Tuesday, July 21, 2009

When Someone You Love Has Cancer
by Cecil Murphy

This book is beautiful in illustration (by Michal Sparks) and purpose. My family has been hit hard by cancer. I wish I'd had a book like this when my father was first diagnosed, and it may have even helped when my daughter was diagnosed with a brain tumor last year. I'd love to pass this precious book on to one special commenter.

About the Book:

The World Health Organization reported that by the year 2010 cancer will be the number one killer worldwide. More than 12.4 million people in the world suffer from cancer. 7.6 million people are expected to die from some form of cancer. That's a lot of people, but the number of loved ones of cancer sufferers is far greater. What do they do when a special person in their life is diagnosed with this devastating disease?

Murphey brings his experiences as a loved one and many years of wisdom gained from being a pastor and hospital chaplain to his newest book When Someone You Love Has Cancer: Comfort and Encouragement for Caregivers and Loved Ones (Harvest House Publishers). His honest I've-been-there admissions and practical helps are combined with artist Michal Sparks' soothing watercolor paintings.

Readers of When Someone You Love Has Cancer will receive:
  • Inspiration to seek peace and understanding in their loved one's situation
  • Help in learning the importance of active listening
  • Guidance in exploring their own feelings of confusion and unrest
  • Suggestions on how to handle anxiety and apprehension
  • Honest answers to questions dealing with emotions, exhaustion, and helplessness
  • Spirit-lifting thoughts for celebrating the gift of life in the midst of troubles
Murphey explains why this is a much-needed book: "Most books about cancer address survivors. I want to speak to the mates, families, and friends who love those with cancer. I offer a number of simple, practical things people can do for those with cancer."


A Word from The Man Behind the Words

When Shirley walked in from the garage, she didn't have to say a word: I read the diagnosis in her eyes. I grabbed her and held her tightly for several seconds. When I released her, she didn't cry. The unshed tears glistened, but that was all.

I felt emotionally paralyzed and helpless, and I couldn't understand my reaction. After all, I was a professional. As a former pastor and volunteer hospital chaplain I had been around many cancer patients. I'd seen people at their lowest and most vulnerable. As a writing instructor, I helped one woman write her cancer-survival book. Shirley and I had been caregivers for Shirley's older sister for months before she died of colon cancer.

All of that happened before cancer became personal to me--before my wife learned she needed a mastectomy. To make it worse, Shirley was in the high-risk category because most of her blood relatives had died of some form of cancer. Years earlier, she had jokingly said, "In our family we grow things."

In the days after the diagnosis and before her surgery, I went to a local bookstore and to the public library. I found dozens of accounts, usually by women, about their battle and survival. I pushed aside the novels that ended in a person's death. A few books contained medical or technical information. I searched on-line and garnered useful information--but I found nothing that spoke to me on how to cope with the possible loss of the person I loved most in this world.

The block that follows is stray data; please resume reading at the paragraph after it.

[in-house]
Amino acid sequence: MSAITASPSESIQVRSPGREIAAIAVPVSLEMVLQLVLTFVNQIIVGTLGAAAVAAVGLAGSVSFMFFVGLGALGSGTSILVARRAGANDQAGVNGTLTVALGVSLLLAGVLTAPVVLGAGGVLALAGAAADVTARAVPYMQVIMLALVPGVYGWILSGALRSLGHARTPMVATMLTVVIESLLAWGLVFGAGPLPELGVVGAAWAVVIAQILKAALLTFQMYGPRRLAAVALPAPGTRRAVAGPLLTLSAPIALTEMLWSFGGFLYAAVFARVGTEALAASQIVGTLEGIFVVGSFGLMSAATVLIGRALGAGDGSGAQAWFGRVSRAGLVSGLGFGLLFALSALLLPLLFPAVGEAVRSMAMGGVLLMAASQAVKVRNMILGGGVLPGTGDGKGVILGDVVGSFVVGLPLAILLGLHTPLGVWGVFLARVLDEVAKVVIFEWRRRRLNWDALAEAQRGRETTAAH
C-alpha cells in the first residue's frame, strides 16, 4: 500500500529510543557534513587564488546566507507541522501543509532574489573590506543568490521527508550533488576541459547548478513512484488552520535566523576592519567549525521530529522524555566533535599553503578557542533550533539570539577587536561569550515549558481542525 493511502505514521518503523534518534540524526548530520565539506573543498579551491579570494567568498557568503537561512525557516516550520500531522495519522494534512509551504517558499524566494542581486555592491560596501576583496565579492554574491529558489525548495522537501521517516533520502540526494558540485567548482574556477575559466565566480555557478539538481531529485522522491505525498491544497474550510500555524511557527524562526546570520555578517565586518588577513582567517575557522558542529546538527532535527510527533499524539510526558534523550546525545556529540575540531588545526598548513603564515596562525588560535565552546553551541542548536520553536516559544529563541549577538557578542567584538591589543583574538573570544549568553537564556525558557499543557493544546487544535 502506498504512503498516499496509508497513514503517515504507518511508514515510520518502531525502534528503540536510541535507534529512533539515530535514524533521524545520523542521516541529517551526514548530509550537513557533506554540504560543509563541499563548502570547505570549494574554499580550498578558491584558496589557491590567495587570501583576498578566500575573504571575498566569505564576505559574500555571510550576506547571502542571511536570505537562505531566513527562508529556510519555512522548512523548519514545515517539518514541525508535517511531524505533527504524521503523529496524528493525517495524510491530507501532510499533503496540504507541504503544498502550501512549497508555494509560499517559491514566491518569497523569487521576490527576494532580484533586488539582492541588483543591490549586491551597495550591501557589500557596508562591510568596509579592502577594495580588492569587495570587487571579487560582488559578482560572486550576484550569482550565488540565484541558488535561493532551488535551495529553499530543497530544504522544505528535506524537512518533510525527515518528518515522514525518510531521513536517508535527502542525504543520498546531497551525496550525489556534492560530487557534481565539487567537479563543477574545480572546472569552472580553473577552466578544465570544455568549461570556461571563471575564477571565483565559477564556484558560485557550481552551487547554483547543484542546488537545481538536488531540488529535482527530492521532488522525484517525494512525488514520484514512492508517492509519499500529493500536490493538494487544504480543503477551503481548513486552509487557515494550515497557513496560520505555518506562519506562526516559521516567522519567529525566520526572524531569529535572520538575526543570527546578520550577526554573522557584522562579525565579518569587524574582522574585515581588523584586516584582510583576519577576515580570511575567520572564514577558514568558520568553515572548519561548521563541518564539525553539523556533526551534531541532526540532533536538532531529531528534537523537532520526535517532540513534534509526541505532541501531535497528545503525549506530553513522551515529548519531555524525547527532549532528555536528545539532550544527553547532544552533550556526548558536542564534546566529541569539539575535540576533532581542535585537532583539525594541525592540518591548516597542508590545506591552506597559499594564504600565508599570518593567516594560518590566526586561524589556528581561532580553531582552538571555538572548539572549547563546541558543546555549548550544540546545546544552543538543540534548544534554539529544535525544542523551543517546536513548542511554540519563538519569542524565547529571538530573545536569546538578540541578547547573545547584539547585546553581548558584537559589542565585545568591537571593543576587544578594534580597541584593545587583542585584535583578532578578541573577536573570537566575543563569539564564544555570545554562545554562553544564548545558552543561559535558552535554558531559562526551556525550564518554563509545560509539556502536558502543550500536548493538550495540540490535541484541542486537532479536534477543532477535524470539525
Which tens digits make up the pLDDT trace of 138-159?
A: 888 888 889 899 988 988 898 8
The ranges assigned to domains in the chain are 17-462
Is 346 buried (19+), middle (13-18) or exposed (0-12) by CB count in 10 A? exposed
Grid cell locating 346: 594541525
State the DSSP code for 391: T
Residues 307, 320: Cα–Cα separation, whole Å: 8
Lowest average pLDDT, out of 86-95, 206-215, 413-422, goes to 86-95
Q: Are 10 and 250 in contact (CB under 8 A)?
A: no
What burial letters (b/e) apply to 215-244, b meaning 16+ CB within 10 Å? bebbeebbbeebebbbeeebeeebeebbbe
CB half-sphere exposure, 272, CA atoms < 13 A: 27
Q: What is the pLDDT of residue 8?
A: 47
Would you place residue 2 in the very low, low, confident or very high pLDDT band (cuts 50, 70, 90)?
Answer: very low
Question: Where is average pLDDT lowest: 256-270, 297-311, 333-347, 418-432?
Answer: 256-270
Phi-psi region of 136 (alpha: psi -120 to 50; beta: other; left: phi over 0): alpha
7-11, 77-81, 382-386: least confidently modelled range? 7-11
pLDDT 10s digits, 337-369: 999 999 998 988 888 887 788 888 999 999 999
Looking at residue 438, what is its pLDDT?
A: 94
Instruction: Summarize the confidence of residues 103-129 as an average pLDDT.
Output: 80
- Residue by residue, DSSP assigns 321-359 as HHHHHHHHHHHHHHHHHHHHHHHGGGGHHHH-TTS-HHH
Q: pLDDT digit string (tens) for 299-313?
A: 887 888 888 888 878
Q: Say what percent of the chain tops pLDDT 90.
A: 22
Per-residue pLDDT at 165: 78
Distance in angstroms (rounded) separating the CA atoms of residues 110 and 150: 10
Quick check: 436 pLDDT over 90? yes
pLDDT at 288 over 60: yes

Our story ends happily: Shirley has started her tenth year as a cancer survivor. Not only am I grateful, but I remember my pain and confusion during those days. That concerns me enough to reach out to others who also feel helpless as they watch a loved one face the serious diagnosis of cancer.

That's why I wrote When Someone You Love Has Cancer. I want to encourage relatives and friends and also to offer practical suggestions as they stay at the side of those they love.

The appendix offers specific things for them to do and not to do--and much of that information came about because of the way people reacted around us.

It's a terrible situation for anyone to have cancer; it's a heavy burden for us who deeply love those with cancer.

5 comments:

Ruby (Mouth) said...

Dineen,

This books sounds like such a godsend to anyone going through the pain of having someone you love go through the hurt of cancer. My grandma passed away with lung cancer many moons ago and this books would have been so nice to give to my father's family. Sad it was not out yet! Anyway, I hope that someone who really needs this book comments. It would be quite a nice gift. :)

grammygail said...

So sorry to hear about your dad and daughter. I lost my father to cancer in 2004.
Thanks so much for sharing this information. When someone you love has cancer it changes your life as well as theirs’. As a former pastor’s wife so many times I longed for words of comfort, encouragement and even prayers for ill friends and family members. I know Cecil Murphey’s book will be a great help to the many of us who’ve lived with and love cancer patients.

Becky Yauger said...

What timing. I think it's harder on family members the second time around. And knowing Cec, he won't gloss over anything, but be real, and true, and honest about the emotions that overwhelm all of us.

Edna said...

I know about cancer, a lot of friends has it and just yesterday we lerned our 35 year old son-in-law has CML the lowest case of leikemia and they have 2 small children, but thank the good Lord his is the type that can be treated with medication and for now he will not have to have and bone morrow transplant if the medicine works for him, He had bone morrow test this morning and will know next week which type of medicine he will be on, so this book would be a good one for my daughter to read.

mamat2730(t)charter(dot)net

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